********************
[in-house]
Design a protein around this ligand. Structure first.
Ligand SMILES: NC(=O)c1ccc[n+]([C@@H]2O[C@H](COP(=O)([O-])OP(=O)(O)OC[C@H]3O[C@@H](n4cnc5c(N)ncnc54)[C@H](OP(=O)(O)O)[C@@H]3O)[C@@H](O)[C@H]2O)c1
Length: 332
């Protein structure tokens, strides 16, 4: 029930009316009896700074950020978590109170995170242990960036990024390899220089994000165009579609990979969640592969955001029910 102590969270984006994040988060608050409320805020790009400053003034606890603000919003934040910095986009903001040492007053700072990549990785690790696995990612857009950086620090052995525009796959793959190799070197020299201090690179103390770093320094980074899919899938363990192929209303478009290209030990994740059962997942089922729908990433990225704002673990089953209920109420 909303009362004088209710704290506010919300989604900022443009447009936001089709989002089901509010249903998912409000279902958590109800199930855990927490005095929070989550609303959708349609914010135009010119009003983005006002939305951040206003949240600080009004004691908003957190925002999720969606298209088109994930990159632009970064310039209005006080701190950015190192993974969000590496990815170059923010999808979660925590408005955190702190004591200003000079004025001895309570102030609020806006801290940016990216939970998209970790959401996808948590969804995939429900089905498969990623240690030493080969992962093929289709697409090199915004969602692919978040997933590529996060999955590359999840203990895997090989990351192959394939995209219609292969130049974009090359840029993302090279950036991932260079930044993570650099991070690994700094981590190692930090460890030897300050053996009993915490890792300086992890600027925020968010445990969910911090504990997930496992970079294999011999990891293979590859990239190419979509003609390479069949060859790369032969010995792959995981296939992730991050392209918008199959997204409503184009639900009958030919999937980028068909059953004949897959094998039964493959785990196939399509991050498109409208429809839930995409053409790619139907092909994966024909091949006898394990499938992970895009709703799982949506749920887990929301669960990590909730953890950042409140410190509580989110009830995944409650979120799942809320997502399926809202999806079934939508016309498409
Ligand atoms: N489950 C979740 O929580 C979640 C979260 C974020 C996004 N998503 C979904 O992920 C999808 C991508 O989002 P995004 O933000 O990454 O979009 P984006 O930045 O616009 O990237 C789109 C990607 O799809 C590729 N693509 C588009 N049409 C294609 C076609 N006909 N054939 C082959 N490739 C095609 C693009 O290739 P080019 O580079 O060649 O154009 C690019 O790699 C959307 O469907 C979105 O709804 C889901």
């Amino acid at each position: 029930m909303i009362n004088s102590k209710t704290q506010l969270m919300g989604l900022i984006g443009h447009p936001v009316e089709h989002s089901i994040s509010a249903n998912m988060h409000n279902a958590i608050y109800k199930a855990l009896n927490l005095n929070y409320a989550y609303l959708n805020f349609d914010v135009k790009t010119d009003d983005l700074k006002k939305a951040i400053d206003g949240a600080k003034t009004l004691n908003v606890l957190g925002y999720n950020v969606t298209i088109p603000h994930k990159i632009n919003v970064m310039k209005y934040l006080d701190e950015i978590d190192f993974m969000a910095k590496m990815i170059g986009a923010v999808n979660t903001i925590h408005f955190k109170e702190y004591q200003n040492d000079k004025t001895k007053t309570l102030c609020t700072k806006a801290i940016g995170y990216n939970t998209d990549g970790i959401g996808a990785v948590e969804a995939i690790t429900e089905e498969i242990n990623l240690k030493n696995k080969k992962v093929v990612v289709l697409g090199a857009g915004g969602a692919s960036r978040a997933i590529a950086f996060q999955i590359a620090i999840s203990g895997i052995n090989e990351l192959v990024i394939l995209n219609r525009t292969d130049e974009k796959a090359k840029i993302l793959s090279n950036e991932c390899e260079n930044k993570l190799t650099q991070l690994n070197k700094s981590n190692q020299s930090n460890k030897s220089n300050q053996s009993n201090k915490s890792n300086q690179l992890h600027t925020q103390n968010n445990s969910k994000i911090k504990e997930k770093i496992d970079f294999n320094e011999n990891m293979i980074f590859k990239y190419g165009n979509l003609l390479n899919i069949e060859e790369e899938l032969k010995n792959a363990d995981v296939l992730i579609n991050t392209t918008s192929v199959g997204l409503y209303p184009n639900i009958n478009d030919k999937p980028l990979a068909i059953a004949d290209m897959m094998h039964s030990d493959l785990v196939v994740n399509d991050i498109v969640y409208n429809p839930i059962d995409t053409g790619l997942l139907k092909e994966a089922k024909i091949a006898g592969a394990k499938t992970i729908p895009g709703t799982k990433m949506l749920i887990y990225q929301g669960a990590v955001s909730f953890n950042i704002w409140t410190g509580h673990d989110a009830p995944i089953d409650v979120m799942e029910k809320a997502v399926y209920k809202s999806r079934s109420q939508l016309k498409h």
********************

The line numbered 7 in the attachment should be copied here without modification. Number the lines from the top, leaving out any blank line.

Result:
């Amino acid at each position: 029930m909303i009362n004088s102590k209710t704290q506010l969270m919300g989604l900022i984006g443009h447009p936001v009316e089709h989002s089901i994040s509010a249903n998912m988060h409000n279902a958590i608050y109800k199930a855990l009896n927490l005095n929070y409320a989550y609303l959708n805020f349609d914010v135009k790009t010119d009003d983005l700074k006002k939305a951040i400053d206003g949240a600080k003034t009004l004691n908003v606890l957190g925002y999720n950020v969606t298209i088109p603000h994930k990159i632009n919003v970064m310039k209005y934040l006080d701190e950015i978590d190192f993974m969000a910095k590496m990815i170059g986009a923010v999808n979660t903001i925590h408005f955190k109170e702190y004591q200003n040492d000079k004025t001895k007053t309570l102030c609020t700072k806006a801290i940016g995170y990216n939970t998209d990549g970790i959401g996808a990785v948590e969804a995939i690790t429900e089905e498969i242990n990623l240690k030493n696995k080969k992962v093929v990612v289709l697409g090199a857009g915004g969602a692919s960036r978040a997933i590529a950086f996060q999955i590359a620090i999840s203990g895997i052995n090989e990351l192959v990024i394939l995209n219609r525009t292969d130049e974009k796959a090359k840029i993302l793959s090279n950036e991932c390899e260079n930044k993570l190799t650099q991070l690994n070197k700094s981590n190692q020299s930090n460890k030897s220089n300050q053996s009993n201090k915490s890792n300086q690179l992890h600027t925020q103390n968010n445990s969910k994000i911090k504990e997930k770093i496992d970079f294999n320094e011999n990891m293979i980074f590859k990239y190419g165009n979509l003609l390479n899919i069949e060859e790369e899938l032969k010995n792959a363990d995981v296939l992730i579609n991050t392209t918008s192929v199959g997204l409503y209303p184009n639900i009958n478009d030919k999937p980028l990979a068909i059953a004949d290209m897959m094998h039964s030990d493959l785990v196939v994740n399509d991050i498109v969640y409208n429809p839930i059962d995409t053409g790619l997942l139907k092909e994966a089922k024909i091949a006898g592969a394990k499938t992970i729908p895009g709703t799982k990433m949506l749920i887990y990225q929301g669960a990590v955001s909730f953890n950042i704002w409140t410190g509580h673990d989110a009830p995944i089953d409650v979120m799942e029910k809320a997502v399926y209920k809202s999806r079934s109420q939508l016309k498409h």